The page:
A multidisciplinary study of a burnt and mutilated assemblage of human remains from a deserted Mediaeval village in England
- Resource Type
- ACADEMIC JOURNAL
- In Journal of Archaeological Science: Reports December 2017 16:441-455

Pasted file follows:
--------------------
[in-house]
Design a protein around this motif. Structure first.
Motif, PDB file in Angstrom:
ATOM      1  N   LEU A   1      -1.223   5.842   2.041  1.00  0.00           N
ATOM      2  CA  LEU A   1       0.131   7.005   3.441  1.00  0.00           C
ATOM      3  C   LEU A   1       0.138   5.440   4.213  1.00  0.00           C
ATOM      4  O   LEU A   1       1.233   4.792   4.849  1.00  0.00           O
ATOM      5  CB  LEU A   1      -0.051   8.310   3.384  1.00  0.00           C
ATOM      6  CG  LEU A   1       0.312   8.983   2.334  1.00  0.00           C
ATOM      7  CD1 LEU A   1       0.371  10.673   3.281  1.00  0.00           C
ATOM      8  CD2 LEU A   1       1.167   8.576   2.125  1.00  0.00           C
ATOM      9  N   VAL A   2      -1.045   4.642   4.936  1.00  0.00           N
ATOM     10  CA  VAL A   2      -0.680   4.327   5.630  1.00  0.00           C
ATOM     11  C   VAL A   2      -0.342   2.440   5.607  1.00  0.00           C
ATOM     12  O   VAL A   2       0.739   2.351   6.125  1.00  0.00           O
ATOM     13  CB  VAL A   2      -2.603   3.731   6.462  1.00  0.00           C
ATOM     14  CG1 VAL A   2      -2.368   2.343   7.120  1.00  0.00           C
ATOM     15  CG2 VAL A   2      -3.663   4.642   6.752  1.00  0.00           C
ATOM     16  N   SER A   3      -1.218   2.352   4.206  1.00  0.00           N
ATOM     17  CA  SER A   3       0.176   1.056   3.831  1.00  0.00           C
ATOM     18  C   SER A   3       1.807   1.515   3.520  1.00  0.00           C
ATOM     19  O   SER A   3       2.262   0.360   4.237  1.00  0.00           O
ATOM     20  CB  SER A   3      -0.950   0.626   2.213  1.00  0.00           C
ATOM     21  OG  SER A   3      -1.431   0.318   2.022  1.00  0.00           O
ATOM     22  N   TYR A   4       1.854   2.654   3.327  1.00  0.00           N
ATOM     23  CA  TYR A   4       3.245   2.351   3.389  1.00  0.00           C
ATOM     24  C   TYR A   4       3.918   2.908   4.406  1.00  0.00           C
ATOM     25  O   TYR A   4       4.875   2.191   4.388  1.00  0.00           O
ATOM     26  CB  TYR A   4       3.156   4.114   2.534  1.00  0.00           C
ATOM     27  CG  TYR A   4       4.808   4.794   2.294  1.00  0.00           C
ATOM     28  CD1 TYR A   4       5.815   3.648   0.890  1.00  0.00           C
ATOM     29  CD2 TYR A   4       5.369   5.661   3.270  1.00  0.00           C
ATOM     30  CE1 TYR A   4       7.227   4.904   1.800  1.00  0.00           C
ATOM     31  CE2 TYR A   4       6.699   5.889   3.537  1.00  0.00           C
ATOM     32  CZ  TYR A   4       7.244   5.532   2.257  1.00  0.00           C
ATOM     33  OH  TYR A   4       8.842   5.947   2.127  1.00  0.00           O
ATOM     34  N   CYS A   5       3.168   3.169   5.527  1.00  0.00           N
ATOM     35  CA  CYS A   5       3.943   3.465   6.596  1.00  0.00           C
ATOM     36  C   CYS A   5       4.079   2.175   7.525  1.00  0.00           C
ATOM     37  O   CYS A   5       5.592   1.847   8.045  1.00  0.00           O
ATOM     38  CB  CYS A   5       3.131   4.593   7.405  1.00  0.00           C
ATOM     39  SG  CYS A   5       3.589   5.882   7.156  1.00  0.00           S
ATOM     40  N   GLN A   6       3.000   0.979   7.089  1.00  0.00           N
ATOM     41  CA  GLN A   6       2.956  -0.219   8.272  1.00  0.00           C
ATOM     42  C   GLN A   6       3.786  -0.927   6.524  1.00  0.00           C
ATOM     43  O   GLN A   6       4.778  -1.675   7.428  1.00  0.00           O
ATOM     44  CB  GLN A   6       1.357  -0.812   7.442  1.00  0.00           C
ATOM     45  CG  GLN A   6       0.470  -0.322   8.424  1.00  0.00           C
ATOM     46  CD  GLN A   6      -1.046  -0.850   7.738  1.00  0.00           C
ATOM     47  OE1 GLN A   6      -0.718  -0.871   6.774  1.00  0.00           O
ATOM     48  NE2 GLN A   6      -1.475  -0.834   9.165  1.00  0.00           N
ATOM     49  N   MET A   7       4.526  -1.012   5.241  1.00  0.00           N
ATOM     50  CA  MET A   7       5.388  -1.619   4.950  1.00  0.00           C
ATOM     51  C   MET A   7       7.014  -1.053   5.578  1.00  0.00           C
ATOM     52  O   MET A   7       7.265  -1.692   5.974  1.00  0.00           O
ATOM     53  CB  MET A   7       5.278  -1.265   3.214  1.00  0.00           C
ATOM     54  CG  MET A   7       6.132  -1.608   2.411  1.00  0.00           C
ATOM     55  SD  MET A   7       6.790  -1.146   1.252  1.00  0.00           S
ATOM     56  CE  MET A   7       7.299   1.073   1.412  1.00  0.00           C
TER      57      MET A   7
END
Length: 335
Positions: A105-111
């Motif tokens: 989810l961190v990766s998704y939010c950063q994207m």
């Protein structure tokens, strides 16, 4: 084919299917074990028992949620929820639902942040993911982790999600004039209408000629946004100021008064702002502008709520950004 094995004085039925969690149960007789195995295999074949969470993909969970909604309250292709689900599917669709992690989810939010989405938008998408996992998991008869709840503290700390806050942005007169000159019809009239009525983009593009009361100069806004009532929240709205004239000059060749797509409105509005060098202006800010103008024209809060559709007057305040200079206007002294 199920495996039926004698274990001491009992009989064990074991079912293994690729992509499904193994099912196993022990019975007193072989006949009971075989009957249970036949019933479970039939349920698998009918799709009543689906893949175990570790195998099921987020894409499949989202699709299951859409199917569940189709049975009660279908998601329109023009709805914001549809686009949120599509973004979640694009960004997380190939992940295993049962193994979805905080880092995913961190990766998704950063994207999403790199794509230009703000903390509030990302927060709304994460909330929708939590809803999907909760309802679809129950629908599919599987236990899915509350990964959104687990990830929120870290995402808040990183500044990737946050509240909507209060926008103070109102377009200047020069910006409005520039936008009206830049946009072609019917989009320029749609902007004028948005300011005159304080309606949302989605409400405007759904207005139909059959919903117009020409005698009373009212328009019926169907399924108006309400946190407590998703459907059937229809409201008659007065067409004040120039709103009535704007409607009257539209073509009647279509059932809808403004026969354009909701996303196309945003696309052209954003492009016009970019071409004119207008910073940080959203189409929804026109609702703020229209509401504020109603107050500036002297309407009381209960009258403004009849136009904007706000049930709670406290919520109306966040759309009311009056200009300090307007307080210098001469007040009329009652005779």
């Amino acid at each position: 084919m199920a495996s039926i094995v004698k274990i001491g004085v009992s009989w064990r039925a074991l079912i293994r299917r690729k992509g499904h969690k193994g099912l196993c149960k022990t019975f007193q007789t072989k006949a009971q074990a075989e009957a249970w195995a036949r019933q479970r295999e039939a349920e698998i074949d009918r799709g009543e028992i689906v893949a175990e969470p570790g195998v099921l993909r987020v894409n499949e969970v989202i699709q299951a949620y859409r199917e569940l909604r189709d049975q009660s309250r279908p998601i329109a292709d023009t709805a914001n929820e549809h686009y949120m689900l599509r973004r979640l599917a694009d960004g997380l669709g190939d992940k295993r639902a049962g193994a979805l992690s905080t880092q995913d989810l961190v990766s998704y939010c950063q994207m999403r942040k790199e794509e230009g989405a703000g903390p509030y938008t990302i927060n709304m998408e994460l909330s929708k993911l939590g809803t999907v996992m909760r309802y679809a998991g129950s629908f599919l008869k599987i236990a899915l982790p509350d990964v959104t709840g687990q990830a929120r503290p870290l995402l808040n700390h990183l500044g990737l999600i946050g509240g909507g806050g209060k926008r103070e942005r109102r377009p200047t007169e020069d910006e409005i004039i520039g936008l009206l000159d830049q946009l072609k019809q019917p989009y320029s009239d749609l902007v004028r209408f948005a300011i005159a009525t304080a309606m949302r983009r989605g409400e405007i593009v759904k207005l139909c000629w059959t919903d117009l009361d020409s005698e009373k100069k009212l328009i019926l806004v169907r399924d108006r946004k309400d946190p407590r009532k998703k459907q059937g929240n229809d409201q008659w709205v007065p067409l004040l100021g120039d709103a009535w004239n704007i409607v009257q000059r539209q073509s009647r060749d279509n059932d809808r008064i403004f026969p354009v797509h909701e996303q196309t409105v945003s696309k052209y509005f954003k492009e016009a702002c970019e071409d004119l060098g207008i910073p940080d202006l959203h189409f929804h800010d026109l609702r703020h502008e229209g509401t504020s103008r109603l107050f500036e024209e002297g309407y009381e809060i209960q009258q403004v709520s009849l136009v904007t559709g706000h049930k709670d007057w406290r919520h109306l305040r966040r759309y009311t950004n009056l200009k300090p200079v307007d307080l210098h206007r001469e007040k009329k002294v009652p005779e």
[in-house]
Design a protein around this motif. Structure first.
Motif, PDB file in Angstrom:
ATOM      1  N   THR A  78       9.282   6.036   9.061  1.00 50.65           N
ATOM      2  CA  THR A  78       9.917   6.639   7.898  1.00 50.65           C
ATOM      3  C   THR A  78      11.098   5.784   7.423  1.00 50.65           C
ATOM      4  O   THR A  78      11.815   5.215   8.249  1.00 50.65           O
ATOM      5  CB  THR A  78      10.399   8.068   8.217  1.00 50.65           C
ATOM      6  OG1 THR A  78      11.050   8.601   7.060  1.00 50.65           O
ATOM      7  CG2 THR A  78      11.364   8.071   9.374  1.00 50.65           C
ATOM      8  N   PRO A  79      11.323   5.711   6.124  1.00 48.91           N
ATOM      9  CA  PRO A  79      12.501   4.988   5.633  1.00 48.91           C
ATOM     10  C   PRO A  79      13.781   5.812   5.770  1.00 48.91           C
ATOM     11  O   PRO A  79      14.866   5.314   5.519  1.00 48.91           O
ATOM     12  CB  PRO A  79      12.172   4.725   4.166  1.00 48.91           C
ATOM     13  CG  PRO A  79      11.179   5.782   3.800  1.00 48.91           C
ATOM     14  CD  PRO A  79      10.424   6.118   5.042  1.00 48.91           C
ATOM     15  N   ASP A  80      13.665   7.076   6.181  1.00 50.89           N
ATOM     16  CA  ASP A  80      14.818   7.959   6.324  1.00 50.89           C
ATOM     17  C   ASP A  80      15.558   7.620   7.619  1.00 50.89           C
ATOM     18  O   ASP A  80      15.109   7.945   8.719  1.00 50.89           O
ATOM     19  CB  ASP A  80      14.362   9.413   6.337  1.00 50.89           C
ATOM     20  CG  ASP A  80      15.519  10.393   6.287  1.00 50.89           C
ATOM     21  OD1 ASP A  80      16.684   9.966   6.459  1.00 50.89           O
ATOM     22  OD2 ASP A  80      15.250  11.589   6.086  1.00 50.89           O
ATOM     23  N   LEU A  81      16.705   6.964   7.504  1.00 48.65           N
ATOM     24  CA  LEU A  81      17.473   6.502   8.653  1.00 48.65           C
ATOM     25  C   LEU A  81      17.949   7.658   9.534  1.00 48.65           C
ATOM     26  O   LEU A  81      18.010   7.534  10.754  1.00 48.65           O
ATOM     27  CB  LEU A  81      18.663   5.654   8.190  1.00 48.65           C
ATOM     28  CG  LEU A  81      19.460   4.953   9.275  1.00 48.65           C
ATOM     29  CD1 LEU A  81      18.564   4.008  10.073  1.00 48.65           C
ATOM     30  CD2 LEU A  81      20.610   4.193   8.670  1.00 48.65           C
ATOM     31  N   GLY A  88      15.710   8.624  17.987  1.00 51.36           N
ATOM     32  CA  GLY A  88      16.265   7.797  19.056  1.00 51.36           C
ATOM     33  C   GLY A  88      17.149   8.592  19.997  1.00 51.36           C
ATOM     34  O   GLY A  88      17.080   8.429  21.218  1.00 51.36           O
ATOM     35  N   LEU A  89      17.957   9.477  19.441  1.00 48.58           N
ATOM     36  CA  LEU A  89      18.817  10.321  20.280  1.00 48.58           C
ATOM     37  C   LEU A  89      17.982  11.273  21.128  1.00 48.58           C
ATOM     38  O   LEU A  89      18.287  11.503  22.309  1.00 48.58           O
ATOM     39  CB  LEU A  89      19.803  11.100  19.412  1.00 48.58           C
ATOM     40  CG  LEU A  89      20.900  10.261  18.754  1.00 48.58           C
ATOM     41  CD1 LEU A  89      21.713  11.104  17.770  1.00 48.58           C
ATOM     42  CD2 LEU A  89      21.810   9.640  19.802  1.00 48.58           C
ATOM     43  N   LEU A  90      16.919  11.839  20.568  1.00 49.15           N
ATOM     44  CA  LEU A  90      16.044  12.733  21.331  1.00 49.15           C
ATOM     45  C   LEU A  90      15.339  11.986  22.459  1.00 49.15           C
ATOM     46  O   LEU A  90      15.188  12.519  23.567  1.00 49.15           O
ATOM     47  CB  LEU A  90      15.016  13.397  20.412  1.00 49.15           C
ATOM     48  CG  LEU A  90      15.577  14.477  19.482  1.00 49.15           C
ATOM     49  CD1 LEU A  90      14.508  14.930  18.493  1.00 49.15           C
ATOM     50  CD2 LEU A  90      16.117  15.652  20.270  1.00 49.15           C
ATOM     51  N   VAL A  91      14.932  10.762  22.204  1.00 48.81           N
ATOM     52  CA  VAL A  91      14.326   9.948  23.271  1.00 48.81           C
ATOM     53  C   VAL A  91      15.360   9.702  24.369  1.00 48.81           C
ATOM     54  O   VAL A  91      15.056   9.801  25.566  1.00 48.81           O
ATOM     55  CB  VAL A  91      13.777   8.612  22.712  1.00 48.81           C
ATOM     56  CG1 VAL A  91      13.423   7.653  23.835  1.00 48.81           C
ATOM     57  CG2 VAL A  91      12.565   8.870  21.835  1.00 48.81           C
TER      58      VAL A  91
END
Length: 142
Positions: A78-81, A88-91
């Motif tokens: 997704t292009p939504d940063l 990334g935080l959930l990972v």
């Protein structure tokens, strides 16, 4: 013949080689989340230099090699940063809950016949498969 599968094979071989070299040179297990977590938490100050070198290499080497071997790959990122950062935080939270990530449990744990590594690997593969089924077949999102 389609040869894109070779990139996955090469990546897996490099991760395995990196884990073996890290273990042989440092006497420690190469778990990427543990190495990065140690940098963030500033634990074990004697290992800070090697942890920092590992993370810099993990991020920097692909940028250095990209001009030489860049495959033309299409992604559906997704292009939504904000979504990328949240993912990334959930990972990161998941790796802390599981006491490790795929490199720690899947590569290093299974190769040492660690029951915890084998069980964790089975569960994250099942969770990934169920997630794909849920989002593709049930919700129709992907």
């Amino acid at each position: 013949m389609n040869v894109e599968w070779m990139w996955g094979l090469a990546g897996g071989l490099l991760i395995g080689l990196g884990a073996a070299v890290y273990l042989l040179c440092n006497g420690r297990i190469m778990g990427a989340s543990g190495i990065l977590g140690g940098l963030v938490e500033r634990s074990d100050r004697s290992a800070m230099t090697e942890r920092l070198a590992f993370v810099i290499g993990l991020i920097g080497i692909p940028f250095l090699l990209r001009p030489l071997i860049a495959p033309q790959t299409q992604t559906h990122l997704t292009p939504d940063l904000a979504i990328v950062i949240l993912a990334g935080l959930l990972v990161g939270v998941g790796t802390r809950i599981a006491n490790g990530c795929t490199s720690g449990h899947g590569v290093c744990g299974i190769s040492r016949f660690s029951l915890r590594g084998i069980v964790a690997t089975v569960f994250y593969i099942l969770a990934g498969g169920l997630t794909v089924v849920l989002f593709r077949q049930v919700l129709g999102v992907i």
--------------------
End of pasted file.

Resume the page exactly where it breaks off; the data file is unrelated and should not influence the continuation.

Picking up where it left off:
This work is a study of an assemblage of disarticulated human skeletal remains from a pit on the Mediaeval village site of Wharram Percy, England. The remains show evidence of perimortal breakage, burning and tool marks. The purpose of the study is to attempt to shed light on the human activity that might have produced the assemblage. The remains are subject to radiocarbon dating, strontium isotope analysis, and gross and microscopic osteological examination. The assemblage comprises 137 bones representing the substantially incomplete remains of a minimum of ten individuals, ranging in age from 2‐4yrs to >50yrs at death. Both sexes are represented. Seventeen bones show a total of 76 perimortem sharp-force marks (mainly knife-marks); these marks are confined to the upper body parts. A minimum of 17 bones show evidence for low-temperature burning, and 6 long-bones show perimortem breakage. The radiocarbon dates centre on ca. 11th–13thcentury CE, and the remains represent the residua of more than one event. Strontium isotopic analyses of dental enamel are consistent with a local origin. Possible behaviours that may have produced the assemblage include starvation cannibalism and apotropaic efforts to lay revenant corpses.